INTRODUCTION
Research on charge transport in DNA is a subject which has risen much interest recently, due to its fundamental roles in biological processes such as the repair mechanism after radiation damage Medvedev and Stuchebrukhov (2001) and in nanotechnologie e.g., construct nanowires directly using the DNA molecules, exploit DNA as a programmable material.
Extensive experimental and theoretical studies on charge transport properties of DNA have appeared in recent years.
These experiments showed that DNA molecules may behaves as an insulator De Pablo et al. (2000), Bockrath et al. (2001), Storm et al. (2001), GomezNavarro et al. (2002), a conductor Okahata et al. (1998), Fink et al. (1999) and Kasumov et al. (2001) and even a semiconducteur Nakayama et al. (2001) and Porath et al. (2000).
This wide range of transport behaviors can be attributed to many experimental complications, one can cite: the type of metallic contact, the nature of devices used to measure conductivity, methods for DNA alignment and drying, the sequence and length of DNA.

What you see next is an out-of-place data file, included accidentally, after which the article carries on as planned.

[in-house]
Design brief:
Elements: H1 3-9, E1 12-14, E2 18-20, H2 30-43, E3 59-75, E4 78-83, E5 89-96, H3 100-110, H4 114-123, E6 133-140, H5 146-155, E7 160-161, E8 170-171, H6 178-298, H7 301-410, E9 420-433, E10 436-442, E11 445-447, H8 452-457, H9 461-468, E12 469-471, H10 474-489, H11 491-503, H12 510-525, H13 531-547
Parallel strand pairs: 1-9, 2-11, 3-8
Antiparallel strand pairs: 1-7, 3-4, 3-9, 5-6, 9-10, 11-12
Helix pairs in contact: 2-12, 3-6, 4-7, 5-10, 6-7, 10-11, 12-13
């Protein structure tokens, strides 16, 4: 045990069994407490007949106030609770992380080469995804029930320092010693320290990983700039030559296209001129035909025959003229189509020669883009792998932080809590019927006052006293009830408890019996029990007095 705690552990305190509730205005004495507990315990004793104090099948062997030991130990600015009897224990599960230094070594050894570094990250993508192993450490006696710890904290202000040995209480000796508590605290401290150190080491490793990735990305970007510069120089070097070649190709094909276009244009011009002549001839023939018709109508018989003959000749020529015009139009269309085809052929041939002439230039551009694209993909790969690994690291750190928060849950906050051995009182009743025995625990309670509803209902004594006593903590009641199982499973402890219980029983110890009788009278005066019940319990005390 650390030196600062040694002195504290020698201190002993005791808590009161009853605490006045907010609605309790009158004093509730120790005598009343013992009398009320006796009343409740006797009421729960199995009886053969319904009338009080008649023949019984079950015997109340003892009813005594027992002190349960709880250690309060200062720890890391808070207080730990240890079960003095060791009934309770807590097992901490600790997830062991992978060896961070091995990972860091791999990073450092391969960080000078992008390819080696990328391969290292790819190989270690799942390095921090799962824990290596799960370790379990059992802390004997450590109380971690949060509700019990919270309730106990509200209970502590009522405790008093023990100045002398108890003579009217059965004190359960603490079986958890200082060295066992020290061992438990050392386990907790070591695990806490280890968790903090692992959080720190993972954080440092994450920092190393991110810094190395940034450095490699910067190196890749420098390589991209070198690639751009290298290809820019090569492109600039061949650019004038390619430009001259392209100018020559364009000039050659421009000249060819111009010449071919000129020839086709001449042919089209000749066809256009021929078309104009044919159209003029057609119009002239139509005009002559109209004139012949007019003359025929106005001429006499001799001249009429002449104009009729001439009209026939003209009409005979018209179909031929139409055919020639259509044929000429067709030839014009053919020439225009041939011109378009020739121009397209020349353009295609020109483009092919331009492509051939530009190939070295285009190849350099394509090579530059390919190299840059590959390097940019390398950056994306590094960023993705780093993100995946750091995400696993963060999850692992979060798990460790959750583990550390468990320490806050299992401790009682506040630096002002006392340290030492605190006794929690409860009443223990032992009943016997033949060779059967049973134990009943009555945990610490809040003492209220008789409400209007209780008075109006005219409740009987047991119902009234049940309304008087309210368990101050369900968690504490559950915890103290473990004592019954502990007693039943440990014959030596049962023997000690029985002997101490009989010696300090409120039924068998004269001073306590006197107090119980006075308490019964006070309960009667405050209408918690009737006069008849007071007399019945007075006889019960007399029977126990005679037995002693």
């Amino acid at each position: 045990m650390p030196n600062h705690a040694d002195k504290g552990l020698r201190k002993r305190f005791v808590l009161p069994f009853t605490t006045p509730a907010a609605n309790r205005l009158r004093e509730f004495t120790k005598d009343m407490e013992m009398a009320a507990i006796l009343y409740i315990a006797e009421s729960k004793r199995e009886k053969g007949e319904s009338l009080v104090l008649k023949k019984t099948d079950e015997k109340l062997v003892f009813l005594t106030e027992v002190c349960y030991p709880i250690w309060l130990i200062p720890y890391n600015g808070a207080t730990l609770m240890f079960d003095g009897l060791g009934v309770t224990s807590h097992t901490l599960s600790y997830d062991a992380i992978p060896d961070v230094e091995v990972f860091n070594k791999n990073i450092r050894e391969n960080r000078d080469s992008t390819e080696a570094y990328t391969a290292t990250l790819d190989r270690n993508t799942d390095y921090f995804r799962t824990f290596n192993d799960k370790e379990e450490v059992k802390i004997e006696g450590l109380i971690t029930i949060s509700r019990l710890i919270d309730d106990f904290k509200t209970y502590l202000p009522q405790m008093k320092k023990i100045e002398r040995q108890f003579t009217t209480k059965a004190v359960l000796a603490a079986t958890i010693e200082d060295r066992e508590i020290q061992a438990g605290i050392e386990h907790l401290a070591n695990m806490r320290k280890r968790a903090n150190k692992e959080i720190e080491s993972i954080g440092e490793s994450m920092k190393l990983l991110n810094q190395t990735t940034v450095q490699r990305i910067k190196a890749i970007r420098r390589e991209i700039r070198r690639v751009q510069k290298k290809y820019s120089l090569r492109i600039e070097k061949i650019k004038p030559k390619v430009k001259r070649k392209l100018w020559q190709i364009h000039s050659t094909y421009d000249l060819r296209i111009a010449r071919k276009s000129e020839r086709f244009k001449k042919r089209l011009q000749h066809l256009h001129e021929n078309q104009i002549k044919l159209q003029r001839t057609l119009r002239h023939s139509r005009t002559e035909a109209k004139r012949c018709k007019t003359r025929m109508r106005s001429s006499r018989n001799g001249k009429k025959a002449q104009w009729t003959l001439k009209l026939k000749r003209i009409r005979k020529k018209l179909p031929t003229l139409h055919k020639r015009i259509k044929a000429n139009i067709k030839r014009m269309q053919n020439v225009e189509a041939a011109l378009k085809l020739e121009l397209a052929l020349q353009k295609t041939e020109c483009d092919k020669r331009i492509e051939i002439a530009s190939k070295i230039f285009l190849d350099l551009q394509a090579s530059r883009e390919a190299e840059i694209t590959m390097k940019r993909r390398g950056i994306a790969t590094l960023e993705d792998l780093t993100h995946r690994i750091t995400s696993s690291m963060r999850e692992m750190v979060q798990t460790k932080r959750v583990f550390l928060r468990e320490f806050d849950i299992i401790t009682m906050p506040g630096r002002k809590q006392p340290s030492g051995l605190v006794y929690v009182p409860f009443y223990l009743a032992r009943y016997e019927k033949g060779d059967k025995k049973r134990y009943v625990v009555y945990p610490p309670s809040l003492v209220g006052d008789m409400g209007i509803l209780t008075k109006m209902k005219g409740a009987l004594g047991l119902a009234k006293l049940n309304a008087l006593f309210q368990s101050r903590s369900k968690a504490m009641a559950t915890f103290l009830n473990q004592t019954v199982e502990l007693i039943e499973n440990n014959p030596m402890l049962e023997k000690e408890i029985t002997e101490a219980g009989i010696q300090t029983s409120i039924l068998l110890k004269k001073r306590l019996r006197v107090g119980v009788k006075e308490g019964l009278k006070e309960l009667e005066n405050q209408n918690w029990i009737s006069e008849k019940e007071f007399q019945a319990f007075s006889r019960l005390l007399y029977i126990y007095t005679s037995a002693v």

Theoretically, several approaches such as onedimensional quantum mechanical tightbinding models Zhang and Ulloa (2004a, b), Zhu et al. (2004), Klotsa et al. (2005) and Marcia et al. (2005), densityfunctional theory Taniguchi and Kawai (2004) and nonlinear methods Cuenda and Sanchez (2004) and Peyrard (2004), have been proposed.
In this research, we investigate the tunneling effect in electronic properties of DNA. A DNA molecule can be viewed as 1D chain composed of base pairs AT and GC in a typically random order. The gap of base pair AT is greater than the GC one, the idea is then to modelle the DNA molecule as a series of barriers and wells. The base pair AT plays the role of barrier and the GC one is considered as the well. We have numerically computed various physical quantities such as the transmission coefficient and the probability distribution of the resistance.